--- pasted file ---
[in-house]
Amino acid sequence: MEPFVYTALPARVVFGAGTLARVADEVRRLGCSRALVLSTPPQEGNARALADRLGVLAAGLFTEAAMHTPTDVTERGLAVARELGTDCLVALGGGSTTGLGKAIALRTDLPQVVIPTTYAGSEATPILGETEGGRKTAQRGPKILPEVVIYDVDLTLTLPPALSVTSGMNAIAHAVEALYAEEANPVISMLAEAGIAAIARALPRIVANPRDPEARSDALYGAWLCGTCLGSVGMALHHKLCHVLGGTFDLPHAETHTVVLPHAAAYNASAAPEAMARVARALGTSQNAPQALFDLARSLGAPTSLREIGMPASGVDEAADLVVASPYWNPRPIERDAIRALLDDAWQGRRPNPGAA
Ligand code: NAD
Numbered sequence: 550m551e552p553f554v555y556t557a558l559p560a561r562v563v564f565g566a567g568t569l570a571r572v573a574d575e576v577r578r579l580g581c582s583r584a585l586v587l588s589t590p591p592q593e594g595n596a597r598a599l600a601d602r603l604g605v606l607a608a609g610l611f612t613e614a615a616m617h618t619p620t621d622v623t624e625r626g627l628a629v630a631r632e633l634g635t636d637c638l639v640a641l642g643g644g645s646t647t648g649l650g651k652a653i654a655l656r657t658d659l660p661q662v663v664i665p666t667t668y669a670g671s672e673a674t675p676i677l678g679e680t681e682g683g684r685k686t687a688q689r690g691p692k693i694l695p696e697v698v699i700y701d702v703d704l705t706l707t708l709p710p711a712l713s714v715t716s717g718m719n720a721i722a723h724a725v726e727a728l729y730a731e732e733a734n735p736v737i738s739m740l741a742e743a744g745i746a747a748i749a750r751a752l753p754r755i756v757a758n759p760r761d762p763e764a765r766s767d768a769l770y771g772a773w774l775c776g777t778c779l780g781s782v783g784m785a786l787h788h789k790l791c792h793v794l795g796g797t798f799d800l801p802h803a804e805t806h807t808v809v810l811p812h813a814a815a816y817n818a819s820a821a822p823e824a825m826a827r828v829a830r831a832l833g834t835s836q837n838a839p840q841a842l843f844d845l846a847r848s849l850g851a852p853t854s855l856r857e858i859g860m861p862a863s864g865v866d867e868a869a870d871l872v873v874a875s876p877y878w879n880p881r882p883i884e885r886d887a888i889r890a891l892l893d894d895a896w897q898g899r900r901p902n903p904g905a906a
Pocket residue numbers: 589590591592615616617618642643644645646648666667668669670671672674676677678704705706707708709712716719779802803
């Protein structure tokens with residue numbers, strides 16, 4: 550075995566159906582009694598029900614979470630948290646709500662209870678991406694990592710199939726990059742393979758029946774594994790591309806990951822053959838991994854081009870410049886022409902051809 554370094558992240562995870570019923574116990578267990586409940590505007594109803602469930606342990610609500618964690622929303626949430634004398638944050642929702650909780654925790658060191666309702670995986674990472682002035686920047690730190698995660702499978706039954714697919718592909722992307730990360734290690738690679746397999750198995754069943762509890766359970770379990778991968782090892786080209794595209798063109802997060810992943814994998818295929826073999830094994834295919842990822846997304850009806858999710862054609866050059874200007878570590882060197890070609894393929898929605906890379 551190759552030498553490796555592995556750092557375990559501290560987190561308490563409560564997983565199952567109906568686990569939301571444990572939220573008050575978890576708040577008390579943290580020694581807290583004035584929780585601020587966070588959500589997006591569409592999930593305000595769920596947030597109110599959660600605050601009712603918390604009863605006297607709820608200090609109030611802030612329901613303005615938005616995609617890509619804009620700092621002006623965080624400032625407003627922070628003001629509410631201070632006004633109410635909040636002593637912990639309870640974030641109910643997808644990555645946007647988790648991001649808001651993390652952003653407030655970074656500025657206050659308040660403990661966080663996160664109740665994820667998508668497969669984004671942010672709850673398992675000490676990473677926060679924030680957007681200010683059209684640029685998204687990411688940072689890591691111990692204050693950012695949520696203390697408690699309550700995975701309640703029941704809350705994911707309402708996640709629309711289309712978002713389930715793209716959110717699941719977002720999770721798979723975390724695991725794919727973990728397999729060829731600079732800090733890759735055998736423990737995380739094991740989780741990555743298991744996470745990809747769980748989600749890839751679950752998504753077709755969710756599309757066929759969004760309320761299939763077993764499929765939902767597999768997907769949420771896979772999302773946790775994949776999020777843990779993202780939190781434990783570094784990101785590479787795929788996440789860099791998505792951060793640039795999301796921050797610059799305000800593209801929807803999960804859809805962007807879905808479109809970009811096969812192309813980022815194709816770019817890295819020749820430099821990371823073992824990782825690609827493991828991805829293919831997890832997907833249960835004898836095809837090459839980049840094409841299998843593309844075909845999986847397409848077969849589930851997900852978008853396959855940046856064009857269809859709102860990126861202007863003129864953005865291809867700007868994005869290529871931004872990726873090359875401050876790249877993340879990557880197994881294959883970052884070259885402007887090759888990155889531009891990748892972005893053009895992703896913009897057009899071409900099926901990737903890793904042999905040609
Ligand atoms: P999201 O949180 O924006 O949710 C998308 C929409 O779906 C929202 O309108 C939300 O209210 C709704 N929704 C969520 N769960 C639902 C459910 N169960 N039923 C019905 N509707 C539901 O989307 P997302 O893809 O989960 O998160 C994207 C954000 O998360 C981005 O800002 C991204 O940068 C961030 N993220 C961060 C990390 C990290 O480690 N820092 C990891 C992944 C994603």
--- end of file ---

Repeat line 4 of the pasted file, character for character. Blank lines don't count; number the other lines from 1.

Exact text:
Numbered sequence: 550m551e552p553f554v555y556t557a558l559p560a561r562v563v564f565g566a567g568t569l570a571r572v573a574d575e576v577r578r579l580g581c582s583r584a585l586v587l588s589t590p591p592q593e594g595n596a597r598a599l600a601d602r603l604g605v606l607a608a609g610l611f612t613e614a615a616m617h618t619p620t621d622v623t624e625r626g627l628a629v630a631r632e633l634g635t636d637c638l639v640a641l642g643g644g645s646t647t648g649l650g651k652a653i654a655l656r657t658d659l660p661q662v663v664i665p666t667t668y669a670g671s672e673a674t675p676i677l678g679e680t681e682g683g684r685k686t687a688q689r690g691p692k693i694l695p696e697v698v699i700y701d702v703d704l705t706l707t708l709p710p711a712l713s714v715t716s717g718m719n720a721i722a723h724a725v726e727a728l729y730a731e732e733a734n735p736v737i738s739m740l741a742e743a744g745i746a747a748i749a750r751a752l753p754r755i756v757a758n759p760r761d762p763e764a765r766s767d768a769l770y771g772a773w774l775c776g777t778c779l780g781s782v783g784m785a786l787h788h789k790l791c792h793v794l795g796g797t798f799d800l801p802h803a804e805t806h807t808v809v810l811p812h813a814a815a816y817n818a819s820a821a822p823e824a825m826a827r828v829a830r831a832l833g834t835s836q837n838a839p840q841a842l843f844d845l846a847r848s849l850g851a852p853t854s855l856r857e858i859g860m861p862a863s864g865v866d867e868a869a870d871l872v873v874a875s876p877y878w879n880p881r882p883i884e885r886d887a888i889r890a891l892l893d894d895a896w897q898g899r900r901p902n903p904g905a906a